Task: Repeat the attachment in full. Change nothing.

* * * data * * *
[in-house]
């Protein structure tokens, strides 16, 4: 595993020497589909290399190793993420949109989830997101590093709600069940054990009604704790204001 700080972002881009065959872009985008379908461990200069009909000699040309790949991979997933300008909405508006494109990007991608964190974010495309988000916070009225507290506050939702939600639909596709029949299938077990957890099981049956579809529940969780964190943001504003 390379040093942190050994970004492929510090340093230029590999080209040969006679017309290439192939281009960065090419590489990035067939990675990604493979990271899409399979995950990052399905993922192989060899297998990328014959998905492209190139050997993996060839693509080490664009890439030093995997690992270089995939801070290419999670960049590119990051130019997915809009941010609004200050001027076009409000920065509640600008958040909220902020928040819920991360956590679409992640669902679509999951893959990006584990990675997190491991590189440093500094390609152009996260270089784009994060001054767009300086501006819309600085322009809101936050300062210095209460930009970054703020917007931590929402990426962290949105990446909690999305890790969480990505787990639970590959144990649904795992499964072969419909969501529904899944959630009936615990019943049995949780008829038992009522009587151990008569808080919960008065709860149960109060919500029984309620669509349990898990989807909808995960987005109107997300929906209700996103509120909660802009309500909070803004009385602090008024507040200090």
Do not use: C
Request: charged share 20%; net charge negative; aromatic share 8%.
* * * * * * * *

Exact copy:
[in-house]
């Protein structure tokens, strides 16, 4: 595993020497589909290399190793993420949109989830997101590093709600069940054990009604704790204001 700080972002881009065959872009985008379908461990200069009909000699040309790949991979997933300008909405508006494109990007991608964190974010495309988000916070009225507290506050939702939600639909596709029949299938077990957890099981049956579809529940969780964190943001504003 390379040093942190050994970004492929510090340093230029590999080209040969006679017309290439192939281009960065090419590489990035067939990675990604493979990271899409399979995950990052399905993922192989060899297998990328014959998905492209190139050997993996060839693509080490664009890439030093995997690992270089995939801070290419999670960049590119990051130019997915809009941010609004200050001027076009409000920065509640600008958040909220902020928040819920991360956590679409992640669902679509999951893959990006584990990675997190491991590189440093500094390609152009996260270089784009994060001054767009300086501006819309600085322009809101936050300062210095209460930009970054703020917007931590929402990426962290949105990446909690999305890790969480990505787990639970590959144990649904795992499964072969419909969501529904899944959630009936615990019943049995949780008829038992009522009587151990008569808080919960008065709860149960109060919500029984309620669509349990898990989807909808995960987005109107997300929906209700996103509120909660802009309500909070803004009385602090008024507040200090």
Do not use: C
Request: charged share 20%; net charge negative; aromatic share 8%.